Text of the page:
In the past few days the UK’s National Cyber Security Centre has cautioned that a major cyber attack on the UK is a matter of “when, not if” the consequences of which are potentially catastrophic impacting critical infrastructure, interrupting business and possibly a disruption to British elections.
Ciaran Martin, Head of the UK’s National Cyber Security Centre, described how the UK had been fortunate to avoid a significant category one (C1) attack, broadly defined as an attack that might cripple infrastructure such as energy supplies and the financial services sector.
He corroborated this comments with newly released figures showing the number of cyber attacks on the UK in the last 15 months.
As the ongoing investigation into Russian meddling in the 2016 US election interference continues it is agreed amongst the UK security community that such tactics would also constitute a C1 attack.
Taken from an interview the UK’s Guardian Newspaper Martin said he anticipated such an attack in the next two years. “I think it is a matter of when, not if and we will be fortunate to come to the end of the decade without having to trigger a category one attack,” he said.
He, like so many in the security community, admitted total protection was impossible. “Some attacks will get through. What you need to do [at that point] is cauterise the damage,” he said.
Just last week the Chief of the General Staff, Sir Nick Carter, highlighted the growing threat posed from cyber-attacks, in particular from Russia, both on the battlefield and on civilian services.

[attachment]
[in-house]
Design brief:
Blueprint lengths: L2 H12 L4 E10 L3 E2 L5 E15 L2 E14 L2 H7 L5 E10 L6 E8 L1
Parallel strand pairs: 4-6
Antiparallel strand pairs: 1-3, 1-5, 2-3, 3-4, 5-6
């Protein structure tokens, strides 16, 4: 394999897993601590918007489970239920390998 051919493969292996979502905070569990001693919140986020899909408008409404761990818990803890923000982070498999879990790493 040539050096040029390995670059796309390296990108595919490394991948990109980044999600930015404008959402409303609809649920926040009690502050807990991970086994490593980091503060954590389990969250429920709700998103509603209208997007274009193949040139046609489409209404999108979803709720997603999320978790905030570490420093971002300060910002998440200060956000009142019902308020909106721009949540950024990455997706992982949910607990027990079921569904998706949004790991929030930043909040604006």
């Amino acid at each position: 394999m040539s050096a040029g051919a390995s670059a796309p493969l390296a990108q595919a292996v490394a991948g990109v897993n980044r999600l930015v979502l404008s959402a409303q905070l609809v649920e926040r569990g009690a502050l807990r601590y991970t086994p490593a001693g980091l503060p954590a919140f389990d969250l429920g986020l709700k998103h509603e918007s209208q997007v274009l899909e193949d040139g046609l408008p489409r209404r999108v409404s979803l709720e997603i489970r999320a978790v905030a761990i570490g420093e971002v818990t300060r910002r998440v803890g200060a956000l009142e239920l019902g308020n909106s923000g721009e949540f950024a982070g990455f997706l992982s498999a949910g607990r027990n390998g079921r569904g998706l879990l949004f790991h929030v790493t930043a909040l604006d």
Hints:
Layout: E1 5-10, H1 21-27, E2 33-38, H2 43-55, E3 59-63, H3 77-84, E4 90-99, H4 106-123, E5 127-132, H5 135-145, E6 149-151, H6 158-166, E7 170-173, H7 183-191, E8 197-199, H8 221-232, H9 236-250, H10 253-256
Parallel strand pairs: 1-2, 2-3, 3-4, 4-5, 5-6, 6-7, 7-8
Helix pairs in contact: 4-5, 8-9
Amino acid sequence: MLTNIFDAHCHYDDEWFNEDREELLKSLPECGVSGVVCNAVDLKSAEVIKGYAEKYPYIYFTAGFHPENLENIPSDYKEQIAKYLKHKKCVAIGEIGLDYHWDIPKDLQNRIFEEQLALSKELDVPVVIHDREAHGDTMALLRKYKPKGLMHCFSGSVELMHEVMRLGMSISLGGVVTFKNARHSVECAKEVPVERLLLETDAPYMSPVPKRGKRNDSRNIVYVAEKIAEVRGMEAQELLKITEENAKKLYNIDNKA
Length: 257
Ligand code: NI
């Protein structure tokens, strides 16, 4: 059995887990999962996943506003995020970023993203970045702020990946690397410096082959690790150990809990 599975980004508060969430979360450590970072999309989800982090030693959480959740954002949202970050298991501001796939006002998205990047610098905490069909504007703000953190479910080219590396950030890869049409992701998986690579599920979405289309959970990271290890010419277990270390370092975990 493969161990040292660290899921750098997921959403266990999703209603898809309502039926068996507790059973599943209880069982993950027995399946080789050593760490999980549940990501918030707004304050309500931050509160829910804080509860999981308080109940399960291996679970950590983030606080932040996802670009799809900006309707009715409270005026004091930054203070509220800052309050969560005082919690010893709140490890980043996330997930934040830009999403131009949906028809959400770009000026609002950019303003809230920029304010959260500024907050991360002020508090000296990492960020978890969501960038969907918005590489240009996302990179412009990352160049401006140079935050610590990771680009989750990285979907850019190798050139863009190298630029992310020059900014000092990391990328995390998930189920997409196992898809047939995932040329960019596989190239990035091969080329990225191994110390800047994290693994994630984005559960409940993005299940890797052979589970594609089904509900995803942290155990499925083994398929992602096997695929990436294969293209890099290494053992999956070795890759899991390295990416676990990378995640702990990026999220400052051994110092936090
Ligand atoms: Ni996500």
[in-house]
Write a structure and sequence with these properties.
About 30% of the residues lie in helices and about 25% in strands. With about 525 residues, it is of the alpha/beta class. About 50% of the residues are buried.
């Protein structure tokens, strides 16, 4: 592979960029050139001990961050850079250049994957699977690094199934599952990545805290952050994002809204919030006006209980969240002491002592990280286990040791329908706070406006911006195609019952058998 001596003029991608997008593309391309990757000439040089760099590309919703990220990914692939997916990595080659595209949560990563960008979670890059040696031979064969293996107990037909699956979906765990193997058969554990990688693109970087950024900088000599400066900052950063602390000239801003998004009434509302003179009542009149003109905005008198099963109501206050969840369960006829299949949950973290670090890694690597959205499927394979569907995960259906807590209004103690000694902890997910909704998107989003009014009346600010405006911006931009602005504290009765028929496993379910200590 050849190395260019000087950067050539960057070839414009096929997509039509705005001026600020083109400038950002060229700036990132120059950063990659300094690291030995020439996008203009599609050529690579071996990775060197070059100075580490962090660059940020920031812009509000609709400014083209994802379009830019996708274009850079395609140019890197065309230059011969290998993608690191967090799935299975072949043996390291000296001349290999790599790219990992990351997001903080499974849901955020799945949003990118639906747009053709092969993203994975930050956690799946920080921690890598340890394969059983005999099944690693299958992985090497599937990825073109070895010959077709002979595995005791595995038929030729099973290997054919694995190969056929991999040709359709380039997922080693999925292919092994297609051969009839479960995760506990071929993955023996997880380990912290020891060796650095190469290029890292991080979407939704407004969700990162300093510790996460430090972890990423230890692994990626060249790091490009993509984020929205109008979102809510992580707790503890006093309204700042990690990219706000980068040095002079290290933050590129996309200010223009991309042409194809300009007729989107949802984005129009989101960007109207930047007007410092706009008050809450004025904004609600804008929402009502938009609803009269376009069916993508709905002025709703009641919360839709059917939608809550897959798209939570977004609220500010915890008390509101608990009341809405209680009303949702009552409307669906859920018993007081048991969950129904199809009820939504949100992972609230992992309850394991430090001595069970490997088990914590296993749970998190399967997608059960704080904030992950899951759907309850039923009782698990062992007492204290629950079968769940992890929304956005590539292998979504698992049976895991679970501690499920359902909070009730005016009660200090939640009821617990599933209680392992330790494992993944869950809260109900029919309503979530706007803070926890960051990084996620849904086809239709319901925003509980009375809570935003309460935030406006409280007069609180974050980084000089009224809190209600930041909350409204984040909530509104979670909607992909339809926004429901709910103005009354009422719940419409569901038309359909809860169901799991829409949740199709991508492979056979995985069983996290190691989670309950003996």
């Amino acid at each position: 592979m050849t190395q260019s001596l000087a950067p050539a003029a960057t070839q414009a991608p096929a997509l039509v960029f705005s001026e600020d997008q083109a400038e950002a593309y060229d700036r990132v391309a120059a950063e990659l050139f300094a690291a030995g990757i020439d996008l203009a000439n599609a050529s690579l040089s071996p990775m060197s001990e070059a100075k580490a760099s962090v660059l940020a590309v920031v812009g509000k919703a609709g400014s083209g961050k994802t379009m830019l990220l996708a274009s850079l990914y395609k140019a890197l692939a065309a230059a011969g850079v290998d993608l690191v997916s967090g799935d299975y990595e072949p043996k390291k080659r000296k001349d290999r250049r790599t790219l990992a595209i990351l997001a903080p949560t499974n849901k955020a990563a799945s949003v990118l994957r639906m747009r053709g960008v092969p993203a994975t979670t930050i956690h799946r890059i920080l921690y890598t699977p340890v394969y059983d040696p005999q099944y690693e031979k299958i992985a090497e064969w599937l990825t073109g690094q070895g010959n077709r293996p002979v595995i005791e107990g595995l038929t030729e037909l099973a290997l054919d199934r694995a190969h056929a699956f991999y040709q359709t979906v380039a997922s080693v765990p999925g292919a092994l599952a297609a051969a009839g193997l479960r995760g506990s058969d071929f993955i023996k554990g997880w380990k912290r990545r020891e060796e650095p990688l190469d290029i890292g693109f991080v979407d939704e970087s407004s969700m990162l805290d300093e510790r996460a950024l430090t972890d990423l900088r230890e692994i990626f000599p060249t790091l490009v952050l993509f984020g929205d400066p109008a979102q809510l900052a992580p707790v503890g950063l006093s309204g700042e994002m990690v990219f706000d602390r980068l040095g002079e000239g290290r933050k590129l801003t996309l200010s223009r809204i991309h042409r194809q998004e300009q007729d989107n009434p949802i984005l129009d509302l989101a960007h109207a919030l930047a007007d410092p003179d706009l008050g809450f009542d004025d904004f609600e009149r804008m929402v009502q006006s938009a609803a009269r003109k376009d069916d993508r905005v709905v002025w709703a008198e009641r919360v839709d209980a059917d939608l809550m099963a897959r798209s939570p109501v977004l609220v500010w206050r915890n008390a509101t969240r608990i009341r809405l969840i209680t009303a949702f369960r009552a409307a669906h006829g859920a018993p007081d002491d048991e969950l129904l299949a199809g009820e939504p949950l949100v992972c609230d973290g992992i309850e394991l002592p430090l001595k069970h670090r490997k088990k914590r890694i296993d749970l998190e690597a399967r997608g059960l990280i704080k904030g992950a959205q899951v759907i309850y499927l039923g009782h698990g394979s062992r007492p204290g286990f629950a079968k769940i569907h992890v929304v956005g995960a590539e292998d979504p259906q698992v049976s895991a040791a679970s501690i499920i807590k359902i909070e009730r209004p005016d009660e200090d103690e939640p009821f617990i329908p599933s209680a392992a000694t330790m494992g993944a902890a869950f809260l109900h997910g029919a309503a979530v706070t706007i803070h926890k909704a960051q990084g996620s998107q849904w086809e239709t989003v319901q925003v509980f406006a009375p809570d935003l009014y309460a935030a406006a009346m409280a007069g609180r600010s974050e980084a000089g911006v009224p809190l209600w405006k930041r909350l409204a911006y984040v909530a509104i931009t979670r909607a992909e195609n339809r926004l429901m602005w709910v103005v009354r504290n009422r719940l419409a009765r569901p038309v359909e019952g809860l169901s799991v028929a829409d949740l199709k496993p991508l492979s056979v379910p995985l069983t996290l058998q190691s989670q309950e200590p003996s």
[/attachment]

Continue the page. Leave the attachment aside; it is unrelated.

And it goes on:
The most widely reported and substantive cyber attack on the UK has been the WannaCry ransomware attack in May 2017, with the brunt of the disruption impacting hospitals.
The NCSC graded this attack as only C2 rather than C1, partly because there was no risk to life.
The real picture in numbers:
Taken from the Guardian article: “Figures for cyber attacks since the NCSC opened through to December last year underline the pressure building on the UK from hackers.
The NCSC recorded 34 C2 attacks, with WannaCry the most disruptive of these, and 762 slightly less serious C3 ones.”
Martin said one of the biggest lessons from 2017 was to fear reckless as much as controlled attacks. He considered WannaCry, which was blamed on North Korea, as an example of an attack in which the perpetrator loses control.”
If total protection is impossible isn’t it time you considered looking at taking this risk off your balance with cyber insurance.